During seven years of state Labor governments, between 2001 and 2008, there was no attempt to reverse the corporatisation and privatisation of the WA’s utilities. Forty percent of the state’s electricity generation, and the total supply of gas, is now in corporate hands. As a consequence, utility prices continue to increase. The May 18 state budget announced electricity and water prices increases from July 1, that will increase average household bills by $368 per year.
Around the country Labor governments, both state and federal, have advocated “public-private partnerships” (PPPs) as their preferred model of privatisation. Federal Labor’s National Public Private Partnerships (PPP) policy requires that state and federal government infrastructure projects valued at over $50 million be considered for tender under a PPP model. Additionally, federal Labor is also advocating the outsourcing of public services to “not-for-profit” organisations under the National Compact with the Third Sector.
On March 17, the CPSU-CSA welcomed the signing of the compact between the federal government and not-for-profit organisations, calling on the WA state government to develop a similar plan. “The state government needs to develop a plan for engagement with the not-for-profit sector to ensure a new partnership is a true partnership and not exploitation of working families”, Walkington told the media. But, whether under the guise of “a true partnership” with the not-for-profit sector, or under a PPP model, Labor’s agenda differs only marginally from that of the Liberals. Recognising that privatisation is today unpopular with voters, Labor is seeking to implement privatisation by stealth under the guise of “partnerships”.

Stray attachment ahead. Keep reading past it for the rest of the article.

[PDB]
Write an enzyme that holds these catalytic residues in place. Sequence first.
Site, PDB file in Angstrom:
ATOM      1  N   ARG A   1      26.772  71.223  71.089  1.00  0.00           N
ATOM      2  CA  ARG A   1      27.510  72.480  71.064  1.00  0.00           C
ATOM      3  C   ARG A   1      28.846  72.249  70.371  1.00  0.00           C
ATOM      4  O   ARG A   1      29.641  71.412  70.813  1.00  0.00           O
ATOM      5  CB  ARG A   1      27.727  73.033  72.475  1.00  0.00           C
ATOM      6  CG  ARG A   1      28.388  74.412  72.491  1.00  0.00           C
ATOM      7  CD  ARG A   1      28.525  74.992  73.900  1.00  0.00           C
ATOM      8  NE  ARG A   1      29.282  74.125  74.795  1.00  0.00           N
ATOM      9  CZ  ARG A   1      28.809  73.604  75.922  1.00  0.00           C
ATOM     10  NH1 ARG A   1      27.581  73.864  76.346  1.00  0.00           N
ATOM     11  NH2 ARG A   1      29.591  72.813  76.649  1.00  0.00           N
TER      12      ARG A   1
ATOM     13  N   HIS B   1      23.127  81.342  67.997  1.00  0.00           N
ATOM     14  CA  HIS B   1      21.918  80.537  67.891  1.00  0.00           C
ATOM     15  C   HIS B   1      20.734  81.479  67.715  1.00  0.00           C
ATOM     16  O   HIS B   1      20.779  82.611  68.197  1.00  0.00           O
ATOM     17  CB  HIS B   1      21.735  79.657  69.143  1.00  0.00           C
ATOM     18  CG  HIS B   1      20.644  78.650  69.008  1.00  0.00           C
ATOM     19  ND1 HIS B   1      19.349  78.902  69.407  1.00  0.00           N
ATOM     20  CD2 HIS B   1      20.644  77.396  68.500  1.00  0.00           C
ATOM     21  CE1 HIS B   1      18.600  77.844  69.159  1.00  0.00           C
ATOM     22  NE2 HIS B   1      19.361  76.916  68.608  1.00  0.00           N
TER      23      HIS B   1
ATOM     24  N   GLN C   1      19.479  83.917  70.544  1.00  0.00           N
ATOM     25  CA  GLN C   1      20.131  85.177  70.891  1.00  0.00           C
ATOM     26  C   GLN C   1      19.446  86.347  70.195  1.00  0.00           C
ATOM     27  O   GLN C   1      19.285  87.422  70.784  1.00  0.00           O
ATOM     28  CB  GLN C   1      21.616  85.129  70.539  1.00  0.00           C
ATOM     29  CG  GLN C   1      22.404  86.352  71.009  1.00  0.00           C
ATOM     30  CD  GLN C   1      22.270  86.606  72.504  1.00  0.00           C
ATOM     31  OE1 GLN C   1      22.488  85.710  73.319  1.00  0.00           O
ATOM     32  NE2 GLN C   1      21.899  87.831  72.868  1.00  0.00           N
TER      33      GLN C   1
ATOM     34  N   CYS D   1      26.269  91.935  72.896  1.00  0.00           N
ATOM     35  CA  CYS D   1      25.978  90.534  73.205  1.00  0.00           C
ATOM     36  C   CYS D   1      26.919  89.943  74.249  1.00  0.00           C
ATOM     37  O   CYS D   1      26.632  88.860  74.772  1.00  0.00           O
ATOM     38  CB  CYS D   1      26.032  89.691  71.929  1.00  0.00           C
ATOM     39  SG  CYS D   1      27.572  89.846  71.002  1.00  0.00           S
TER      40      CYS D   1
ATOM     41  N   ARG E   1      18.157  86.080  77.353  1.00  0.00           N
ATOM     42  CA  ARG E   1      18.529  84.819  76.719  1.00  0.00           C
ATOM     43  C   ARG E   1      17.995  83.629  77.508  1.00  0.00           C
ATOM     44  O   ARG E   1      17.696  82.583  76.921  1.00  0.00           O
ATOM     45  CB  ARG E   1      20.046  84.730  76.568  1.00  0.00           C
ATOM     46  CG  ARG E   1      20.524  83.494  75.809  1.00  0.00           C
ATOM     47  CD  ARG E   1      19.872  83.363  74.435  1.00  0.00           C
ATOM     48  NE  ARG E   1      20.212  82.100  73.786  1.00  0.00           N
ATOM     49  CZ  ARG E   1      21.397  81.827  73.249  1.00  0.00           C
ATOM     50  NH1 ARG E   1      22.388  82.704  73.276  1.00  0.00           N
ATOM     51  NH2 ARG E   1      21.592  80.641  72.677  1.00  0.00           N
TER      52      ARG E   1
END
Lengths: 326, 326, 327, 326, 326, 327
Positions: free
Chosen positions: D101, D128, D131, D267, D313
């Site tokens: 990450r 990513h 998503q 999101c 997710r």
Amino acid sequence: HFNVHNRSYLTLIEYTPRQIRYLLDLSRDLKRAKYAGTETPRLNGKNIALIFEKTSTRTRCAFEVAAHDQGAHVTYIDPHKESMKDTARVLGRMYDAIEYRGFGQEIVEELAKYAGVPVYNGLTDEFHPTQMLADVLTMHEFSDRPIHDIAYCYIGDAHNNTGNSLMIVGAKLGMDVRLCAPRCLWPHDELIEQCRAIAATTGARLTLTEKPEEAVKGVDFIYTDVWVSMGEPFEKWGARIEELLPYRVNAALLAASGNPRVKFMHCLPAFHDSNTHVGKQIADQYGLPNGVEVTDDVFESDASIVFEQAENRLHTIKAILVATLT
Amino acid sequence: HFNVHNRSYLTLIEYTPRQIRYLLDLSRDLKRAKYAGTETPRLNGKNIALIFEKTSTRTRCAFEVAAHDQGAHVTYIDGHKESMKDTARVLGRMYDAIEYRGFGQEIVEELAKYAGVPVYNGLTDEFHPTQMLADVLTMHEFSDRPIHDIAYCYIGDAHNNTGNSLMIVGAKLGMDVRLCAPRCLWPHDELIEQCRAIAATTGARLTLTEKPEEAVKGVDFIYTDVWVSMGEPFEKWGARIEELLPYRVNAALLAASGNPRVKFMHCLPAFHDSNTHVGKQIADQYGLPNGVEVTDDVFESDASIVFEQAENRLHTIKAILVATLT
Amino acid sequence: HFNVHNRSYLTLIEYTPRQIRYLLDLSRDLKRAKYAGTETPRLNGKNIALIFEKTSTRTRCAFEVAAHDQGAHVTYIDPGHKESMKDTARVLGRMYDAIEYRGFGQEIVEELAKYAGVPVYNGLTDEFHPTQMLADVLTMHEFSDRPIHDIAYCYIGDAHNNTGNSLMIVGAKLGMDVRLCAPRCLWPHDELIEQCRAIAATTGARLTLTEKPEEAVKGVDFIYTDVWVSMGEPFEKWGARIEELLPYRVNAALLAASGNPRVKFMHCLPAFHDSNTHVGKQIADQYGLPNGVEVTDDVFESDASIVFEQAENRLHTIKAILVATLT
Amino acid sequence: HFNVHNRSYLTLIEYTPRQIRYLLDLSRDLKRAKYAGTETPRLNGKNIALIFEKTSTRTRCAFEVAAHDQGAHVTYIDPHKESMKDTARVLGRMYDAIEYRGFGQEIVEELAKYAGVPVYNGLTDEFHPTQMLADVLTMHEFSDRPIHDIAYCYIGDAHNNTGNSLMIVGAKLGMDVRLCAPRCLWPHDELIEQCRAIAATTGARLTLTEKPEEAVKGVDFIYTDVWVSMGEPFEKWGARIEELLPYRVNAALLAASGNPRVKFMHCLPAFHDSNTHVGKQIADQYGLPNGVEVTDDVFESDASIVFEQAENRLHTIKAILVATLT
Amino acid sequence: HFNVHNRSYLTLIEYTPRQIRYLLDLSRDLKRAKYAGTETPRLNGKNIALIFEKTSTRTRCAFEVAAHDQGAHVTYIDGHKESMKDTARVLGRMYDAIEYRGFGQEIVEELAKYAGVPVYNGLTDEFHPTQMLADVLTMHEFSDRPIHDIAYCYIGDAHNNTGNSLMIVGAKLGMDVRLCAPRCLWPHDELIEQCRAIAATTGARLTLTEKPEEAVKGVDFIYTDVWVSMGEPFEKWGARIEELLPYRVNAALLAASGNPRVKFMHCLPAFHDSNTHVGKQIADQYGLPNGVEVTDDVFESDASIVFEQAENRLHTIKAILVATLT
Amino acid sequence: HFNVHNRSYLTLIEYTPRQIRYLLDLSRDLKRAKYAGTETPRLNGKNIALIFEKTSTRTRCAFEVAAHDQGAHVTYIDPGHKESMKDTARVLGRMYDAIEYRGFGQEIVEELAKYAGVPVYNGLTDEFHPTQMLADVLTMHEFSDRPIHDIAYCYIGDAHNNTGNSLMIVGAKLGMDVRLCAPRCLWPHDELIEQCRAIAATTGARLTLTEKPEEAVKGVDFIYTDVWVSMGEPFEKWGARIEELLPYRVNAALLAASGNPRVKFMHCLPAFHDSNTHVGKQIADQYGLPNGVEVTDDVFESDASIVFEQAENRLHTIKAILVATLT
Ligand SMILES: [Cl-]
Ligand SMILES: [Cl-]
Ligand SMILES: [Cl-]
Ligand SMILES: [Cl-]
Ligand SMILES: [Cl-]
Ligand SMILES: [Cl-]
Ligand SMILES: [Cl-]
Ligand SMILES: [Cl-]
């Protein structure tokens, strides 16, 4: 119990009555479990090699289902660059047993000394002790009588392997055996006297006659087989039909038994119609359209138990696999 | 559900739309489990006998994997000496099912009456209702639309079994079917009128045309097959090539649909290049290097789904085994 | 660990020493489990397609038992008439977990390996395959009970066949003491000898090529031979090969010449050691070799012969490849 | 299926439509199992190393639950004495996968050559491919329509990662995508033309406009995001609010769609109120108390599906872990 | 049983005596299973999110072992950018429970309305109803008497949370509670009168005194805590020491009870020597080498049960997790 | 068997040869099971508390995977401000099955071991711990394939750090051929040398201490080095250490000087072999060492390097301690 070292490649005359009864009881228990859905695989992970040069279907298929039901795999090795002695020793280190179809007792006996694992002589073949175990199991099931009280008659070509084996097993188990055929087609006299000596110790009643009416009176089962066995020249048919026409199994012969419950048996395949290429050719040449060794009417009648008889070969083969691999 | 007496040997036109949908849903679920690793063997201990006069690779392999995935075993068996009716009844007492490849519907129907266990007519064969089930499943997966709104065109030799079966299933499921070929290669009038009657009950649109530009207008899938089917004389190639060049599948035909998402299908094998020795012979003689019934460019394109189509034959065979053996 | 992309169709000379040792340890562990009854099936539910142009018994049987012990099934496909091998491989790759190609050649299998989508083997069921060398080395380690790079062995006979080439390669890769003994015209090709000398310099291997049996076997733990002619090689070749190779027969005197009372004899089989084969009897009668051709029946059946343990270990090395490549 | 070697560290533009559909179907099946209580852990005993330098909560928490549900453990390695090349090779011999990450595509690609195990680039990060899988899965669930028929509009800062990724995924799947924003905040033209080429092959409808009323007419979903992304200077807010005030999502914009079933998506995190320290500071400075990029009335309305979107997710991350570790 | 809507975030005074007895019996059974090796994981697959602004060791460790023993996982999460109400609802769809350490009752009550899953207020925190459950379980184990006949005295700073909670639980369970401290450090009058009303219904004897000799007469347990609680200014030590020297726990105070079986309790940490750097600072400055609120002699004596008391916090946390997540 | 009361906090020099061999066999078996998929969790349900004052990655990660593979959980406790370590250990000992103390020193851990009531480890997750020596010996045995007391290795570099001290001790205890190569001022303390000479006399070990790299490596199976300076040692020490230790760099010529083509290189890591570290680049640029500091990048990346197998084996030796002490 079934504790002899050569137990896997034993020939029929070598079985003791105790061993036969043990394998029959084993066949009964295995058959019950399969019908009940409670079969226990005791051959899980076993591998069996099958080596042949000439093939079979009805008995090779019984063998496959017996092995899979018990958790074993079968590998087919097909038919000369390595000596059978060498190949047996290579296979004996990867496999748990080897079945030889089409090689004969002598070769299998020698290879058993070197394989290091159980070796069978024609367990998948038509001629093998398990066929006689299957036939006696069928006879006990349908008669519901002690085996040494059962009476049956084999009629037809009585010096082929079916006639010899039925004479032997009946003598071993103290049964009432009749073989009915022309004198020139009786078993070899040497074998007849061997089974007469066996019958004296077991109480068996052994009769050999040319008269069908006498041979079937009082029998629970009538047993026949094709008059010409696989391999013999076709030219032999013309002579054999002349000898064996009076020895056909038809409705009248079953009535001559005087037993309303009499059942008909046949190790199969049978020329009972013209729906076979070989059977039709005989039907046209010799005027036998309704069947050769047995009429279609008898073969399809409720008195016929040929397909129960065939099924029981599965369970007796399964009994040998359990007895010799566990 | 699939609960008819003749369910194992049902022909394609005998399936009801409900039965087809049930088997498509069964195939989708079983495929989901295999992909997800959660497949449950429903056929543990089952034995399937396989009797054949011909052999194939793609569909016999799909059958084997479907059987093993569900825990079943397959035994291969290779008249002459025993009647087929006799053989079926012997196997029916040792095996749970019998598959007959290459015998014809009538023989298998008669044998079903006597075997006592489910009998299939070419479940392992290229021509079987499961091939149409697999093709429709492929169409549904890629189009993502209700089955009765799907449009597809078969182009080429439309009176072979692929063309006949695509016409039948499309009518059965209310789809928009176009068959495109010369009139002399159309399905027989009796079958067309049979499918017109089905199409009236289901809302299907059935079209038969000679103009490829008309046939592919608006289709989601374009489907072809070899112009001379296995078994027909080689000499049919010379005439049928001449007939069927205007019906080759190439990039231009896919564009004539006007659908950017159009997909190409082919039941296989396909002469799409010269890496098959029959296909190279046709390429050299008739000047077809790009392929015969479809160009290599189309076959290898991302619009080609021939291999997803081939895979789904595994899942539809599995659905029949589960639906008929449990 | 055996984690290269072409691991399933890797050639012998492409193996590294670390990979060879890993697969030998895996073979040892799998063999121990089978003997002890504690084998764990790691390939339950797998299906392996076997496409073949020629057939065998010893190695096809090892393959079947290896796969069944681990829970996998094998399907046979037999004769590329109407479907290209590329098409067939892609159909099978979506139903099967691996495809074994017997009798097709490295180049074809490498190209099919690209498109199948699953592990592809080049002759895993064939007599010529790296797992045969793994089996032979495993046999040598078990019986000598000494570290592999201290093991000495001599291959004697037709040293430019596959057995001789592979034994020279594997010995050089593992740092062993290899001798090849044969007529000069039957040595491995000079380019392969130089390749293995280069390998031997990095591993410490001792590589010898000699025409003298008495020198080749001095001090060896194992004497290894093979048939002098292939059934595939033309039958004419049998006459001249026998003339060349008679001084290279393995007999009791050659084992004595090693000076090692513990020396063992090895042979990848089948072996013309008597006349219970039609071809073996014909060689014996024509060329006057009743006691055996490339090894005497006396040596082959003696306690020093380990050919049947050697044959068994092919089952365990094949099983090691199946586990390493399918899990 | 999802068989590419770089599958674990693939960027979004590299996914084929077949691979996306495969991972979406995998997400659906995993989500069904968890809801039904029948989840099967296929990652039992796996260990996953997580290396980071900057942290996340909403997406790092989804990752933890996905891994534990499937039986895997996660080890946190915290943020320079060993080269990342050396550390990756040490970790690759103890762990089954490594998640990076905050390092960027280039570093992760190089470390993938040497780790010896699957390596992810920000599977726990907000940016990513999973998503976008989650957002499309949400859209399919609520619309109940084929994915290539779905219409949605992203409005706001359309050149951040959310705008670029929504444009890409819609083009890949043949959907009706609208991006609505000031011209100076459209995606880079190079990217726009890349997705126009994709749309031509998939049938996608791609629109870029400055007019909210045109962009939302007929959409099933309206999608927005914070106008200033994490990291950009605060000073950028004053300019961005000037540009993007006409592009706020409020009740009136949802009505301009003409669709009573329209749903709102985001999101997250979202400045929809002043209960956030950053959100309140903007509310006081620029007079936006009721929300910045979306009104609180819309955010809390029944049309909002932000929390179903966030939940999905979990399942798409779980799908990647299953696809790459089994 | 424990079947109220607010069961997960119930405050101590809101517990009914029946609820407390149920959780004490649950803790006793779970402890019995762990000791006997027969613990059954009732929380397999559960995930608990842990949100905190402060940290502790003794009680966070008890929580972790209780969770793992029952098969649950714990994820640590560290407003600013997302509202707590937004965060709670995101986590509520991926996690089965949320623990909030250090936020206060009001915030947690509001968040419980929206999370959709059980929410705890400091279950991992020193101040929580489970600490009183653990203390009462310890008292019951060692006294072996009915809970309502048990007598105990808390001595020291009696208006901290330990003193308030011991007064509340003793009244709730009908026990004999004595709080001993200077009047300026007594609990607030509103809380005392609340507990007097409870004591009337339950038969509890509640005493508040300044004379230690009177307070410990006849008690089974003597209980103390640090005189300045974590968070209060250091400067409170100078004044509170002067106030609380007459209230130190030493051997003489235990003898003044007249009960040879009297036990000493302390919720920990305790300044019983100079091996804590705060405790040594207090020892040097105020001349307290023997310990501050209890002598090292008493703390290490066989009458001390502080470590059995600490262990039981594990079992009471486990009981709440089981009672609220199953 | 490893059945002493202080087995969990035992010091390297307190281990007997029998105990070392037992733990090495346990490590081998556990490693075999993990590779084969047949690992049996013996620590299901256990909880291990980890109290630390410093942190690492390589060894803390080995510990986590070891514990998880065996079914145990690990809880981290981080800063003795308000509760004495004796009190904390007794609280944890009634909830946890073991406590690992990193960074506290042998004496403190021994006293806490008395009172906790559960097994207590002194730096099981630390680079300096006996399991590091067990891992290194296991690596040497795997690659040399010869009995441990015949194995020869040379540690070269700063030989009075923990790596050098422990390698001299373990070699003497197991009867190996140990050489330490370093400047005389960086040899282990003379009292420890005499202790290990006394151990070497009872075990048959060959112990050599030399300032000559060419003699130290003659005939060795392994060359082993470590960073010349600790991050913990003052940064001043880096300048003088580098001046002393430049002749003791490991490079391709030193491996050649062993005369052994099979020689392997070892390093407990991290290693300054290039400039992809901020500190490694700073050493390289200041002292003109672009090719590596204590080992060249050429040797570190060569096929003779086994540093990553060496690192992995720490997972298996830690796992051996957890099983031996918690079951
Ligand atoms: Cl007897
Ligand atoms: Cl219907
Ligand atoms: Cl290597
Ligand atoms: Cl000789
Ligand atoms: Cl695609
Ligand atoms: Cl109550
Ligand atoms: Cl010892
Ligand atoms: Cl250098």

Now more than ever a campaign to defend public services is needed. Unions in WA can ill afford to rely on lobbying Labor MPs to oppose privatisation. The March 11 CPSU-CSA rally demonstrated the willingness of public servants to fight the Liberal government’s privatisation push. This should be the start of a broad union and community campaign, involving delegates and members meetings, protests, rallies and industrial action, to force the Barnett government to abandon its anti-worker and privatisation plans.
[Nick Everett is a member of the Revolutionary Socialist Party and a council member of the WA Civil Service Association.]